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Profits tumble at newspaper publisher Reach as print hit by Covid-19

August Graham, PA City Reporter
·2-min read

Newspaper publisher Reach revealed a collapse in its profit on Monday as the company was hit by a series of one-off costs.

The Daily Mirror and Daily Star owner said that its pre-tax profit had fallen from £120.9 million in 2019 to just £400,000 in 2020.

It blamed several impairments, saying that when stripping out those its underlying results were less serious.

Adjusted pre-tax profit dropped 13% to £131.3 million, on revenue of £600.2 million, down 14.6%.

The company’s online publications helped it avoid a bigger drop, as digital revenue grew by 10.6% as people stuck at home during the pandemic read more news on their phones, tablets and laptops.

However, the company’s physical newspaper sales suffered, with print revenue down 18.9% due to the impact of Covid-19. This eased somewhat in the final three months of the year, Reach said.

“We have delivered our strategic milestones ahead of our original expectations and will now increase investment to accelerate delivery, focusing on the use of enhanced customer insight to drive engagement and our medium-term objective of doubling digital revenues,” said chief executive Jim Mullen.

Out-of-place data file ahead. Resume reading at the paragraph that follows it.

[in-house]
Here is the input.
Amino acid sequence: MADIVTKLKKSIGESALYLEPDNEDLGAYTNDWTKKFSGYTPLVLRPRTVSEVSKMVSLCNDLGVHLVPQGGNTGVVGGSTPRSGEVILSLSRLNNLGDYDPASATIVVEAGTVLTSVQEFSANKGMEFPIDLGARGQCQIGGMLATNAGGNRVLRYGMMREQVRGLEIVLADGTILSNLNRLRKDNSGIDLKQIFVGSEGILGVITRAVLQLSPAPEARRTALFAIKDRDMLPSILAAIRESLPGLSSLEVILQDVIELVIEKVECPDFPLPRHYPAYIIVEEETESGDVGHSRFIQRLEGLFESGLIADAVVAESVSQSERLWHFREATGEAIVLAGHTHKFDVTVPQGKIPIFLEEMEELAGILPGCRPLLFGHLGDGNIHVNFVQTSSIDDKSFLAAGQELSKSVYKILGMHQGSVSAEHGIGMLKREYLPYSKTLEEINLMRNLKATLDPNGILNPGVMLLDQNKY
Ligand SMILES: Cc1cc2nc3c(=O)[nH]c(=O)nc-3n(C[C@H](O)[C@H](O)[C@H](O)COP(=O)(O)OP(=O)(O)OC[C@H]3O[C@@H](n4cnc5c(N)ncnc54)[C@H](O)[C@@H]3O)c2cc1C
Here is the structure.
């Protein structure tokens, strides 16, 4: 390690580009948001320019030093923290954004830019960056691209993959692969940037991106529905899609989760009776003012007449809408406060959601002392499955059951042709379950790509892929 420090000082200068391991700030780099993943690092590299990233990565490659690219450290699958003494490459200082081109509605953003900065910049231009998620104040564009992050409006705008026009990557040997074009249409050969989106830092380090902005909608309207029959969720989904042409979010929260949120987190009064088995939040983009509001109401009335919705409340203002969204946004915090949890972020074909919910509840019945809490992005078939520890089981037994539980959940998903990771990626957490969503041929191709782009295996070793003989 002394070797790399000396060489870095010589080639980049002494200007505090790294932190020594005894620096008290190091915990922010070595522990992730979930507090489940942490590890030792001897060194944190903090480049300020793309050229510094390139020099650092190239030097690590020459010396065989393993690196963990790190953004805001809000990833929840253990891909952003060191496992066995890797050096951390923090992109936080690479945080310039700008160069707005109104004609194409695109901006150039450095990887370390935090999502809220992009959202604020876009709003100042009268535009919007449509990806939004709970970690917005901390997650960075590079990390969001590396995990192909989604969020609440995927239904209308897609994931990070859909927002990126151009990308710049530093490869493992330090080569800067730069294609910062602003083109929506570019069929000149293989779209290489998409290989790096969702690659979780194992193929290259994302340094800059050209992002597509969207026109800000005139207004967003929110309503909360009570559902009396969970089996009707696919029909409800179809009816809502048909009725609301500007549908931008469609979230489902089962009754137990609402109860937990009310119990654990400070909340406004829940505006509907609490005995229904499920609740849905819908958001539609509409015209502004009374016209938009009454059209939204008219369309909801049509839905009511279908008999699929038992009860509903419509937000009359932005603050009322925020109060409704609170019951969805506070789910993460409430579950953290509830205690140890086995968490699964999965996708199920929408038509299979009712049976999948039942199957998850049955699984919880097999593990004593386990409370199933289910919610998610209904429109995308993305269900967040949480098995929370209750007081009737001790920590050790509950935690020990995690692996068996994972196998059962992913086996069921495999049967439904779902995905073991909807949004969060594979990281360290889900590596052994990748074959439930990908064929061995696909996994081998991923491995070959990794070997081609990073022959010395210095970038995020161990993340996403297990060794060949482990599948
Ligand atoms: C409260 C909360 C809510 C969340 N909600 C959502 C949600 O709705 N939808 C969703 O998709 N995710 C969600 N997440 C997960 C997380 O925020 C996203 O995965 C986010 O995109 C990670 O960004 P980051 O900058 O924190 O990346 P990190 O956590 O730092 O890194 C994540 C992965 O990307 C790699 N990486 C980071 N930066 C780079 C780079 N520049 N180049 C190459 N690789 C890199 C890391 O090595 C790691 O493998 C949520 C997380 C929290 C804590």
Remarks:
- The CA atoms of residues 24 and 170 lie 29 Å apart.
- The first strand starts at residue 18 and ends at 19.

“Resilience in print circulation is the foundation for the strong cash generation which underpins strategic investment, our pension commitments and growing returns to shareholders.”

The one-off charges that pulled apart Reach’s profit include £9.3 million in severance payments it was forced to make to redundant staff.

In July the business said it would cut around 550 jobs, or 12% of its workforce, as part of cost reductions that would save around £35 million every year.

The cost of reducing those costs reached £36.4 million, including more than £10 million to close two printing sites.

The business also took a £34.7 million impairment charge on its property and equipment.

“Reach has become a stronger business in 2020 thanks to the ongoing hard work and commitment of our people during this unprecedented year,” Mr Mullen said.

“A radical reorganisation of our business model not only makes us more efficient, it also enables our changing culture, which is evolving to support a growth-led agenda.”